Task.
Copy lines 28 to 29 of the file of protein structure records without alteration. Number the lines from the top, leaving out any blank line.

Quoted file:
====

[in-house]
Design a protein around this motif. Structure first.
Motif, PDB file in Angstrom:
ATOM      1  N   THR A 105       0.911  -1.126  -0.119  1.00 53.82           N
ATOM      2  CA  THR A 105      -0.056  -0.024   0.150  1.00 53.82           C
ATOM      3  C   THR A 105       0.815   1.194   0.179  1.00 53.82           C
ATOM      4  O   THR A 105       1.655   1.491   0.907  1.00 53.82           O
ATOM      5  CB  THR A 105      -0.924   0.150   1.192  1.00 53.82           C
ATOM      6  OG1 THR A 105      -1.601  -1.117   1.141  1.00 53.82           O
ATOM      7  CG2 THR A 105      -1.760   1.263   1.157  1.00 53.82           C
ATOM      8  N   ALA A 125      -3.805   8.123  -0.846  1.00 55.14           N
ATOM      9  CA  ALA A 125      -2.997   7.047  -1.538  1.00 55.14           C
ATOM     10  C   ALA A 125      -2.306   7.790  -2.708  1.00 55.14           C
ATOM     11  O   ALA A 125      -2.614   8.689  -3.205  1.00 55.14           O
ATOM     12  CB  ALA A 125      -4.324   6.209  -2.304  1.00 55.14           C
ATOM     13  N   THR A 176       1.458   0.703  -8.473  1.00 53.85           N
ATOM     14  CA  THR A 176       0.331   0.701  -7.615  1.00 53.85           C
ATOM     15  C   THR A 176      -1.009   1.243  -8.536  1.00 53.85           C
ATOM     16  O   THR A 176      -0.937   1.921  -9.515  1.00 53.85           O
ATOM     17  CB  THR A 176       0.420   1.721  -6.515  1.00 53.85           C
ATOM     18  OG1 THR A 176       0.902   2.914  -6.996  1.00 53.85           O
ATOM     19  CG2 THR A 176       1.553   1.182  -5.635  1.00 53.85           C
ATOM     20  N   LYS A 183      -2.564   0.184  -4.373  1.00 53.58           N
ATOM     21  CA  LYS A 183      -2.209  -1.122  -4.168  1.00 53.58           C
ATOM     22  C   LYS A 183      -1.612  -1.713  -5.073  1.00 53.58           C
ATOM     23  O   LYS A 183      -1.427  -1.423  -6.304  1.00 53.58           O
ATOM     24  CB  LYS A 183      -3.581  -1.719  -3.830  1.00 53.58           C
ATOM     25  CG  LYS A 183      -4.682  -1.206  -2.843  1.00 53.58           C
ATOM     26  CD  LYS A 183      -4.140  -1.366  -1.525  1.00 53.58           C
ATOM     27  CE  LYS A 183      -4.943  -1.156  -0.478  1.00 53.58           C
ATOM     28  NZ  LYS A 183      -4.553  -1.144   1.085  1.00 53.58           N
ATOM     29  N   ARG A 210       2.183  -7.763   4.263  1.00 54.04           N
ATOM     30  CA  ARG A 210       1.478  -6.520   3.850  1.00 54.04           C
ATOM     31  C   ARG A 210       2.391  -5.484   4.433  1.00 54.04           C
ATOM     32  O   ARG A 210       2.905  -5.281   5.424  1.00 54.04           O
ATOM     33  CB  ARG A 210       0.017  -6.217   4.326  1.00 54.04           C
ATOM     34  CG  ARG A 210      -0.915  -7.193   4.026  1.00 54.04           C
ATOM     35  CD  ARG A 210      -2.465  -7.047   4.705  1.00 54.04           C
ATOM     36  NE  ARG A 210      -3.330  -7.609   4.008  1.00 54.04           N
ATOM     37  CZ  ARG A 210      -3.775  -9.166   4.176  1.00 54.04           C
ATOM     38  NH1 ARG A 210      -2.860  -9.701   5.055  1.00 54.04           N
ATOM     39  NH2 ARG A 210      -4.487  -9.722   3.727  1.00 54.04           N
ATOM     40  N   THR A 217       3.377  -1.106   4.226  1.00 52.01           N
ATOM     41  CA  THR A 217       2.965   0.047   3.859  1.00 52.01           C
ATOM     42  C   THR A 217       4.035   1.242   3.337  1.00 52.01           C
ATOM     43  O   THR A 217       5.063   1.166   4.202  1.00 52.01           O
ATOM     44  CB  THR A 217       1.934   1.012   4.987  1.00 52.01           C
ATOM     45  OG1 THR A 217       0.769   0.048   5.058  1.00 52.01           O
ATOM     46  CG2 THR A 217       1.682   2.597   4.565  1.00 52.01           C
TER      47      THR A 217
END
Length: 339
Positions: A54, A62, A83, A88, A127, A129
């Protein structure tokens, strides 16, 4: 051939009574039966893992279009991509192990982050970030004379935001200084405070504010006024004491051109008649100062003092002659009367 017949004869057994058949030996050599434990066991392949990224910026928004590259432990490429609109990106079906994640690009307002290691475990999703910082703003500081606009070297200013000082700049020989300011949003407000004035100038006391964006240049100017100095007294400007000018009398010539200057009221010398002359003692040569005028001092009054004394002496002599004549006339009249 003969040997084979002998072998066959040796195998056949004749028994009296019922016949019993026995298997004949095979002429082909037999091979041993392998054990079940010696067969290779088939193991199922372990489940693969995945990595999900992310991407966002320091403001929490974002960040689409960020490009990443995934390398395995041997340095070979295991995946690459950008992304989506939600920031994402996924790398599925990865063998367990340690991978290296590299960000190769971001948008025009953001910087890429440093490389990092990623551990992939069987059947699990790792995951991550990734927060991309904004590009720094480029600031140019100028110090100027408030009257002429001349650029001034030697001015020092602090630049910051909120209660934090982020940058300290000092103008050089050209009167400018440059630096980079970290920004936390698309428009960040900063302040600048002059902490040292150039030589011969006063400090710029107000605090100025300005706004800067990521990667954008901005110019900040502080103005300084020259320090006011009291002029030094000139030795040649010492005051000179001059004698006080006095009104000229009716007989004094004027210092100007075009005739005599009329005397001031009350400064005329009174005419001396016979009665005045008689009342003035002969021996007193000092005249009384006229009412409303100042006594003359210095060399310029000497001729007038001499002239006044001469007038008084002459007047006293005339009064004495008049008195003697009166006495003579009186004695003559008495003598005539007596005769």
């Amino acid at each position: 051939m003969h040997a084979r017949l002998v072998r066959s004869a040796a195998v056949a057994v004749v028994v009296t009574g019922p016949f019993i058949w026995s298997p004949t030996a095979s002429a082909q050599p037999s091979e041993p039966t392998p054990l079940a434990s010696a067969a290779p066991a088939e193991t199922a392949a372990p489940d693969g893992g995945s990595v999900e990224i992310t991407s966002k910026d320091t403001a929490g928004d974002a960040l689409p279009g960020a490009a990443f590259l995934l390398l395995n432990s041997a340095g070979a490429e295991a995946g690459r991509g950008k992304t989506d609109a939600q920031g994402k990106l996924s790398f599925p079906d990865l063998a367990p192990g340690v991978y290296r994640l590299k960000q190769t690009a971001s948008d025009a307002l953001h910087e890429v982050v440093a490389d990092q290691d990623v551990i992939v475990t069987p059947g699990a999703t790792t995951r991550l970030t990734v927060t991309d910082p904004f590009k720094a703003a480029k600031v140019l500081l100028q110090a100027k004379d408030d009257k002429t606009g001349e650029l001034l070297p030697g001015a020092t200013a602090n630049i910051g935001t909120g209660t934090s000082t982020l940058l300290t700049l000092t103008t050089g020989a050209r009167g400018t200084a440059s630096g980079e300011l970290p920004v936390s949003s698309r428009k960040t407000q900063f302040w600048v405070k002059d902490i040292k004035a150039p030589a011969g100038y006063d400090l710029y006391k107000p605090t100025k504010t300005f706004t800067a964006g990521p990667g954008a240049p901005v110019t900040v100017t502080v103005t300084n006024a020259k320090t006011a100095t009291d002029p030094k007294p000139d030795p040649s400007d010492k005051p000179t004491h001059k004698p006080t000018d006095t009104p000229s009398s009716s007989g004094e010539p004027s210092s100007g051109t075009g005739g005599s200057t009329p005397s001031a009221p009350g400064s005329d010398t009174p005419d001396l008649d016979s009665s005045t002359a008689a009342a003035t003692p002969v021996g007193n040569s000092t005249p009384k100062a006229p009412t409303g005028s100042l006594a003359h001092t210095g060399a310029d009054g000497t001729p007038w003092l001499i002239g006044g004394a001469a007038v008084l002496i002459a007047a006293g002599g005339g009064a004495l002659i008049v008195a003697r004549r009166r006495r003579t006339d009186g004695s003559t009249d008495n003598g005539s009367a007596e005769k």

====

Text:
ATOM     25  CG  LYS A 183      -4.682  -1.206  -2.843  1.00 53.58           C
ATOM     26  CD  LYS A 183      -4.140  -1.366  -1.525  1.00 53.58           C